Participle tenses

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If we want to use a participle phrase, how do we express that something happened over a period in the past?

Having sung to the crowd, I felt I deserved a cold glass of beer.

Though there is no such tense as the below, I feel it best conveys my intent. There's a past perfect continuous tense, so why is there not a past perfect continuous participle? Your comments?

Having been singing to the crowd, I felt I deserved a cold glass of beer.

Cheers,

Eng
Senior Member2,871
English 1b3Having sung to the crowd, I felt I deserved a cold glass of beer.

Having been singing to the crowd, I felt I deserved a cold glass of beer.
Both of your examples perform the job you propose.

These are perfect tenses. Some people don't think they deserve that name, but it seems to have stuck!
English 1b3Though there is no such tense as the below,
Not true! It's also a continuous tense, which always requires some form of "to be."

Should we call it a "to be tense"?
Veteran Member20,911
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AvangiBoth of your examples perform the job you propose. These are perfect tenses. Some people don't think they deserve that name, but it seems to have stuck!
Are you sure my second version works though? I can't seem to find examples of the past pefrect continuous participle online, but when I said it quite naturally today, I doubted google, not me for a change. Hence, I'm here, utterly confused.
English 1b3I can't seem to find examples of the past pefrect continuous participle online
We don't necessarily name verb forms for tenses.
There are many tenses, and their proper formations all require the use of from one to three specific verb forms. Some use participles, and some don't.

I'm only able to bring to mind the present participle and the past participle. Perhaps someday we'll have more. Emotion: thinking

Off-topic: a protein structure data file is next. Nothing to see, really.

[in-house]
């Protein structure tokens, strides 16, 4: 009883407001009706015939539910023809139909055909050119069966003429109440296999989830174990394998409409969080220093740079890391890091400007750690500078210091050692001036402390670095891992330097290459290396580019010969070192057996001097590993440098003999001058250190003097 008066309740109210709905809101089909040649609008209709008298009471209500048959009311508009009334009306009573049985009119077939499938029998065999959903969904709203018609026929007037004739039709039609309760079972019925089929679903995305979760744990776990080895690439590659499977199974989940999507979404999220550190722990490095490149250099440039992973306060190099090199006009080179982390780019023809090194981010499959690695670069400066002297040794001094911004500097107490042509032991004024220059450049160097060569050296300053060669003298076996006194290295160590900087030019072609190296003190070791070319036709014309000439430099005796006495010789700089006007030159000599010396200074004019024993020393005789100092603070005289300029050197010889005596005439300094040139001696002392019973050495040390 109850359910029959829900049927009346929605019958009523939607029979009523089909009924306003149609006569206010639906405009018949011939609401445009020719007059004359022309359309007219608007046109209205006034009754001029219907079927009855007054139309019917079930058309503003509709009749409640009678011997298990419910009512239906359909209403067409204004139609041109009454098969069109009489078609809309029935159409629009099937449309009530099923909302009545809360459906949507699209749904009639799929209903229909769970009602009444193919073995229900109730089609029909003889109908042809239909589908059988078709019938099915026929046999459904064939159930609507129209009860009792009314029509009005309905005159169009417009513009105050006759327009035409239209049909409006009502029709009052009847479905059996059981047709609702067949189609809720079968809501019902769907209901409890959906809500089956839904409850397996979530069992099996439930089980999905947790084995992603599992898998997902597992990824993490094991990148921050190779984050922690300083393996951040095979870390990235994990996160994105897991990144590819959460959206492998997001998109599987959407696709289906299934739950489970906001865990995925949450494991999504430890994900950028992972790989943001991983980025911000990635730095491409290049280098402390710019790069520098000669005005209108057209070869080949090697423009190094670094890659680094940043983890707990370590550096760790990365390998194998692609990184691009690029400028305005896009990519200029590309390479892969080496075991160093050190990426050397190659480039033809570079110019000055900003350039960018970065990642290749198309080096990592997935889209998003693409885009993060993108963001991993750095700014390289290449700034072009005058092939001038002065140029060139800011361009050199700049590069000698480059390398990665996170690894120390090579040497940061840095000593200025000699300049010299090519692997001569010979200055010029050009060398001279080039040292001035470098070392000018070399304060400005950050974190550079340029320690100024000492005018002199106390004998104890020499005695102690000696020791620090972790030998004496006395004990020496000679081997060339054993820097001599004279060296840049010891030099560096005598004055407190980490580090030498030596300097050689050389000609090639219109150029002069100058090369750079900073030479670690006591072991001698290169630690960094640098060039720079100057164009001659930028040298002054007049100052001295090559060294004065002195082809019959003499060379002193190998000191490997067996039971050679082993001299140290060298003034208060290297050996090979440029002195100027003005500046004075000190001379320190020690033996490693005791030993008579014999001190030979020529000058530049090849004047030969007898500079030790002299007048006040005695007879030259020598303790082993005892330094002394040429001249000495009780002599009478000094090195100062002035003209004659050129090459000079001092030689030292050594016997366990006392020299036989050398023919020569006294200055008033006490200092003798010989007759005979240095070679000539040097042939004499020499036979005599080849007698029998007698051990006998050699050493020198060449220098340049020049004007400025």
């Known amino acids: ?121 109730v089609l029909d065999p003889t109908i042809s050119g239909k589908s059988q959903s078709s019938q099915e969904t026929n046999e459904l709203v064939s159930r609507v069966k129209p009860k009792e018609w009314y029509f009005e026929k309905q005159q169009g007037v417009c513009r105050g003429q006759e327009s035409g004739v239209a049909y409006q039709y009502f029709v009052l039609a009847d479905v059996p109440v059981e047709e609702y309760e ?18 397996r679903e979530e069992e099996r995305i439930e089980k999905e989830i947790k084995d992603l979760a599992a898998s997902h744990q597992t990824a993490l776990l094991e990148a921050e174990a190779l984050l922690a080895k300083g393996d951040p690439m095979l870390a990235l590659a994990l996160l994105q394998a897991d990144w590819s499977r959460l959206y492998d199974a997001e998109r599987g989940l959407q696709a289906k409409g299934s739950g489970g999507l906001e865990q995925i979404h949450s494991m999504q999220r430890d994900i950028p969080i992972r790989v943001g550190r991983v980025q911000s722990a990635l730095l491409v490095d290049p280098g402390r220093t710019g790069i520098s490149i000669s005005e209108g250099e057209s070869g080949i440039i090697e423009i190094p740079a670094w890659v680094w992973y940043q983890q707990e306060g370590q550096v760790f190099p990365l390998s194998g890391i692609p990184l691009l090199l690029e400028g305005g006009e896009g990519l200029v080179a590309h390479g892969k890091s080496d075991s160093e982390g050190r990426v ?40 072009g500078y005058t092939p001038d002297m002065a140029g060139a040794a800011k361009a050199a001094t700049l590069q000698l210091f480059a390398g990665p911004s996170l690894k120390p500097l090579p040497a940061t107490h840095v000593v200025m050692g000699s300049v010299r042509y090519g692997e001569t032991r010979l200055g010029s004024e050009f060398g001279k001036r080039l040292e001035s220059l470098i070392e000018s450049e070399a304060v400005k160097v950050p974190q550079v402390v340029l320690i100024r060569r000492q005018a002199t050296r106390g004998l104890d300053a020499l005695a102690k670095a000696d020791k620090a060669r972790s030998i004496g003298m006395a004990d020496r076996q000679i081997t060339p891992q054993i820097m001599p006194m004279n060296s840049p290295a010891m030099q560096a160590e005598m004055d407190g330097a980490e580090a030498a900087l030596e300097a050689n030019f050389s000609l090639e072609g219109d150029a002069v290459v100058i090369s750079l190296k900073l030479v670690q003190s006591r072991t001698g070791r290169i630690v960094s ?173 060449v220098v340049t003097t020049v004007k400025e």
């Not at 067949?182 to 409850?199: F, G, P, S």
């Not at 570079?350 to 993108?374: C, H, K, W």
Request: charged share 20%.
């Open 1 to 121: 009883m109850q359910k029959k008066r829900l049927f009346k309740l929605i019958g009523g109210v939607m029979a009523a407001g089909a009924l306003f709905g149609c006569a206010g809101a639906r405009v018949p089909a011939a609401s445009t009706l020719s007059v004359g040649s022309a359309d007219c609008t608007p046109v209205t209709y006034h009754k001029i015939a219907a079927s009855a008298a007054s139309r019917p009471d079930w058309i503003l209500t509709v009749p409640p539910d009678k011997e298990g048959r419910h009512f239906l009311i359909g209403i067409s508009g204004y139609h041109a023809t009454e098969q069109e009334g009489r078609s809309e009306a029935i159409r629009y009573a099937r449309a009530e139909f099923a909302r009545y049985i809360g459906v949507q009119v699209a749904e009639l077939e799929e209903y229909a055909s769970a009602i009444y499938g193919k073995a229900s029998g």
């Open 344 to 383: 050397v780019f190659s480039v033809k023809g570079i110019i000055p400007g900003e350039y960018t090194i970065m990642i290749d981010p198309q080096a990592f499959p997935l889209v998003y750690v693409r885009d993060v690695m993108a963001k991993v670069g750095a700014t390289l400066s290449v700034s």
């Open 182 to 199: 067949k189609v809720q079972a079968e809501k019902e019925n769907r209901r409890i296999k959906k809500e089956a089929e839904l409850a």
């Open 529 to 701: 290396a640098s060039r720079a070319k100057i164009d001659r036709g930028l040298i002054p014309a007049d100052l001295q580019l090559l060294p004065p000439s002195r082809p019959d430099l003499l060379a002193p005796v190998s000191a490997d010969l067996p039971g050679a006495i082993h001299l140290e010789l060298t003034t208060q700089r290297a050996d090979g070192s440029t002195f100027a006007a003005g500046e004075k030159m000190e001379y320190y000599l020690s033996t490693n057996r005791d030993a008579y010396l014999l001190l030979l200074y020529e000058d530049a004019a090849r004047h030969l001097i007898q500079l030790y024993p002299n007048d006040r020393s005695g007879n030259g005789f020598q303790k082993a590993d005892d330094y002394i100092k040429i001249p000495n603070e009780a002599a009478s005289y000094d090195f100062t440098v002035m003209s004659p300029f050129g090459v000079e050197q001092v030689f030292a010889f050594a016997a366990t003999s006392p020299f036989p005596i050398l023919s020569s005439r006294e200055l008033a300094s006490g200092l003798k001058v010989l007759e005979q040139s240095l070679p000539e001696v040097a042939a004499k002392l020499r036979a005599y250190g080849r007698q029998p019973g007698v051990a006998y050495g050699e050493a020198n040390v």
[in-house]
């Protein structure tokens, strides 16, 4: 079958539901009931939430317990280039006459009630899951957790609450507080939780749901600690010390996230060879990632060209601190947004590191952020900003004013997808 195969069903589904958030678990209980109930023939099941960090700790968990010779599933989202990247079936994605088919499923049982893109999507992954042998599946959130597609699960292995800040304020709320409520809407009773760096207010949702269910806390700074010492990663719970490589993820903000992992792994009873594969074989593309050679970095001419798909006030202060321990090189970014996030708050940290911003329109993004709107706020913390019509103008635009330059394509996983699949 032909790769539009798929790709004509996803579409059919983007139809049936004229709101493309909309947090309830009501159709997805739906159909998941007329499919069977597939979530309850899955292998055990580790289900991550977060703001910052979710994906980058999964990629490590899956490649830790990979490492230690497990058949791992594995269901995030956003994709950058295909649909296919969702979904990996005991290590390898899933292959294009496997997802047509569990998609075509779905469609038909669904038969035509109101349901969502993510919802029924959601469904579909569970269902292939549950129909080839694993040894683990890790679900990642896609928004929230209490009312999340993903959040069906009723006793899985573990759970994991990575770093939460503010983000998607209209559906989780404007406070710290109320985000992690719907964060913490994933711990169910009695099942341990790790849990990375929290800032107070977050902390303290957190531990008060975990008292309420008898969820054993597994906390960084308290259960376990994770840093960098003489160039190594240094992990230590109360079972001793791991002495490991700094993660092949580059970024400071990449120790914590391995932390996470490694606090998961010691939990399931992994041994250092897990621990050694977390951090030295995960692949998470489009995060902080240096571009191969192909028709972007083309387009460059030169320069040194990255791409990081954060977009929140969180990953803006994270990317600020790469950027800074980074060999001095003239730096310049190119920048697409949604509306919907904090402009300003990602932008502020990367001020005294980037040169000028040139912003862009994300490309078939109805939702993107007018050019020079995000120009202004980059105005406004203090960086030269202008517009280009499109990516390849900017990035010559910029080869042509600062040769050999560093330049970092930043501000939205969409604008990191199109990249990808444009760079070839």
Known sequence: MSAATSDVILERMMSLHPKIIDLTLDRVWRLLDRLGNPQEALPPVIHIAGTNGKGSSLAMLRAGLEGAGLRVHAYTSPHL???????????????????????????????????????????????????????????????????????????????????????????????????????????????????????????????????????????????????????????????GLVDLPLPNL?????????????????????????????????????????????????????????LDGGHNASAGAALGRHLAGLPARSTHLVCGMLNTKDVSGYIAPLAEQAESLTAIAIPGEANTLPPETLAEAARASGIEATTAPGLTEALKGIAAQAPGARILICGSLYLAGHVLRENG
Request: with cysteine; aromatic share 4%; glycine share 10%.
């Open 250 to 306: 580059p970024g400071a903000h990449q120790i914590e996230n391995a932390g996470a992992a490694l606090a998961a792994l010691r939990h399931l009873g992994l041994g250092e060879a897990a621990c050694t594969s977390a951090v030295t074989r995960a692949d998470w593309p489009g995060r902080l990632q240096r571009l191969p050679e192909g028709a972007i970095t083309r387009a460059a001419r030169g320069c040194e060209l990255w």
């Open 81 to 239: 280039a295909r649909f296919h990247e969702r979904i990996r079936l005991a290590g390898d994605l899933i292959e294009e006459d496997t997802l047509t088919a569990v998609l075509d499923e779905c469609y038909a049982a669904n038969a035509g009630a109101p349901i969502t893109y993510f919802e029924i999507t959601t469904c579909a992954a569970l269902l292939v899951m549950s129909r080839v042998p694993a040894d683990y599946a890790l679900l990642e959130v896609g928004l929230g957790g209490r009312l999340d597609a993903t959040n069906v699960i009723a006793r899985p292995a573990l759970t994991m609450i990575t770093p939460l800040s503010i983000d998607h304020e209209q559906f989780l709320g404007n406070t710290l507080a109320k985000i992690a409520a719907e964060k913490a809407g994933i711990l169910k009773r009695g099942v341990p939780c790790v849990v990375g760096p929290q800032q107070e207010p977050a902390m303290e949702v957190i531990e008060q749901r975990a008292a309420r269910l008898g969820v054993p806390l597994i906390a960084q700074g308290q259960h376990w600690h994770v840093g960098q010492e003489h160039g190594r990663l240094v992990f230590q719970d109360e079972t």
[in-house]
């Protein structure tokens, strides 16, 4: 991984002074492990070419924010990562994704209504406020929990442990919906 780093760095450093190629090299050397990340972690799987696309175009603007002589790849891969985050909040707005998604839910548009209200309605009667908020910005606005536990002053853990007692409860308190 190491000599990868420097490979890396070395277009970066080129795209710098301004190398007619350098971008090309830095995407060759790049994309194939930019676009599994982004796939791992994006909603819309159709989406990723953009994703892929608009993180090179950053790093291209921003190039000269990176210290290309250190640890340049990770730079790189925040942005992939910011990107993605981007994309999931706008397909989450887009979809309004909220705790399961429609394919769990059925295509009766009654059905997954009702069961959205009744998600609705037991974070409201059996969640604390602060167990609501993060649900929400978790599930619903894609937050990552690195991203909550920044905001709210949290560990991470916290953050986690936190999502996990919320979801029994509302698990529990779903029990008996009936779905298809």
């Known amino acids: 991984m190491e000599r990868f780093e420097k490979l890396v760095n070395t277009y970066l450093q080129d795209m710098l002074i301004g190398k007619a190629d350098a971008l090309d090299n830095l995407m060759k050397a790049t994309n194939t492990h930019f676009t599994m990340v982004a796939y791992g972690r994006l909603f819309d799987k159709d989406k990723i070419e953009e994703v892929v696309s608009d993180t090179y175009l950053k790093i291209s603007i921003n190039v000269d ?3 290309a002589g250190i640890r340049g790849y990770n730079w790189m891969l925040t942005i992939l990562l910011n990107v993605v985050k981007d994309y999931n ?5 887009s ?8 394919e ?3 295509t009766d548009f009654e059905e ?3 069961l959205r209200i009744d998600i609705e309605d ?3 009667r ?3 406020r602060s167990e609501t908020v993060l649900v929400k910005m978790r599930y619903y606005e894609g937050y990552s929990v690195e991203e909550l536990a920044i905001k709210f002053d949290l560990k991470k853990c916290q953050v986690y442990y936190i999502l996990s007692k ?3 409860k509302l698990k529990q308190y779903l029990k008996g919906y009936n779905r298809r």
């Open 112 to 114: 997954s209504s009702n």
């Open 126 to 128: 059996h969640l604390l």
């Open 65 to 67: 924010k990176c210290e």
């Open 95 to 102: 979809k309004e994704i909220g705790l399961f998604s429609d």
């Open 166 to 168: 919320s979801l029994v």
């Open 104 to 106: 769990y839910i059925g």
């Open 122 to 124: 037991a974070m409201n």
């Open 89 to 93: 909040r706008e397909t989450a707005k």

Best regards, - A.

Edit. What encouraged you to look for a unique participal for each possible tense?

The simple present tense doesn't use the present participle.

It's used in the present continuous and in the past continuous, among others.

The simple past tense doesn't necessarily use the past participle.

It's used in passive voice structures, along with the verb "to be."

It's also used in the perfect tenses.

Edit. Edit. I should have mentioned that neither of your introductory phrases exhibits a "tense" in the sense of a finite verb. They're both "present participial phrases." Right?

I guess modern grammar calls them clauses, nevertheless.

Having sung to the crowd, I felt I deserved a cold glass of beer.
Having been singing to the crowd, I felt I deserved a cold glass of beer.
.

Please excuse me. I see that you mentioned that fact at the very beginning of your first post. Sorry! Emotion: embarrassed

My understanding is that they're called "participial phrases" because they begin with one.

I know that we have perfect infinitives: To have sung to the crowd was good reason to deserve a beer.

I guess perfect continuous infinitives follow: To have been singing to the crowd was good reason to deserve a beer.

But I haven't heard the term "perfect continuous gerund" or " - participle."

My having been singing to the crowd was good reason etc. .Now it's subject of the sentence (like the infinitives), so we call it a gerund.